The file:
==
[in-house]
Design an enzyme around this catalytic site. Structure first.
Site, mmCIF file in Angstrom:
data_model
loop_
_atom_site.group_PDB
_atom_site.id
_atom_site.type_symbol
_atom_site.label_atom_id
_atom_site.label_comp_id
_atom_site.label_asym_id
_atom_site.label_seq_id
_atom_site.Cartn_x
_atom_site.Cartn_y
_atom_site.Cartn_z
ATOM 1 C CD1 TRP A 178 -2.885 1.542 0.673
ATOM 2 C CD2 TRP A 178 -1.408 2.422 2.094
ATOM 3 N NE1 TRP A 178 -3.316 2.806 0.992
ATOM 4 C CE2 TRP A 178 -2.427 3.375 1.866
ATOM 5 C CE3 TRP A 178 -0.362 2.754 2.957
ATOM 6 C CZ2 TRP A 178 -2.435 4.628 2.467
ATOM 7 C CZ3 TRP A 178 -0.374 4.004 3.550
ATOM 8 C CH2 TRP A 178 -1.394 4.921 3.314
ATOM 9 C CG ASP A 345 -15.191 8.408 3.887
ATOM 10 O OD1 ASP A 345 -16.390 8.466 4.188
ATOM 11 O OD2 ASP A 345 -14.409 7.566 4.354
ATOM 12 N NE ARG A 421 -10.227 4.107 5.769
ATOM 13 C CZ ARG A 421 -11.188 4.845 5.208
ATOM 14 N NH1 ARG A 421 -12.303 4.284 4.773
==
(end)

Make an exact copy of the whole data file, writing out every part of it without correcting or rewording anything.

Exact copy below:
[in-house]
Design an enzyme around this catalytic site. Structure first.
Site, mmCIF file in Angstrom:
data_model
loop_
_atom_site.group_PDB
_atom_site.id
_atom_site.type_symbol
_atom_site.label_atom_id
_atom_site.label_comp_id
_atom_site.label_asym_id
_atom_site.label_seq_id
_atom_site.Cartn_x
_atom_site.Cartn_y
_atom_site.Cartn_z
ATOM 1 C CD1 TRP A 178 -2.885 1.542 0.673
ATOM 2 C CD2 TRP A 178 -1.408 2.422 2.094
ATOM 3 N NE1 TRP A 178 -3.316 2.806 0.992
ATOM 4 C CE2 TRP A 178 -2.427 3.375 1.866
ATOM 5 C CE3 TRP A 178 -0.362 2.754 2.957
ATOM 6 C CZ2 TRP A 178 -2.435 4.628 2.467
ATOM 7 C CZ3 TRP A 178 -0.374 4.004 3.550
ATOM 8 C CH2 TRP A 178 -1.394 4.921 3.314
ATOM 9 C CG ASP A 345 -15.191 8.408 3.887
ATOM 10 O OD1 ASP A 345 -16.390 8.466 4.188
ATOM 11 O OD2 ASP A 345 -14.409 7.566 4.354
ATOM 12 N NE ARG A 421 -10.227 4.107 5.769
ATOM 13 C CZ ARG A 421 -11.188 4.845 5.208
ATOM 14 N NH1 ARG A 421 -12.303 4.284 4.773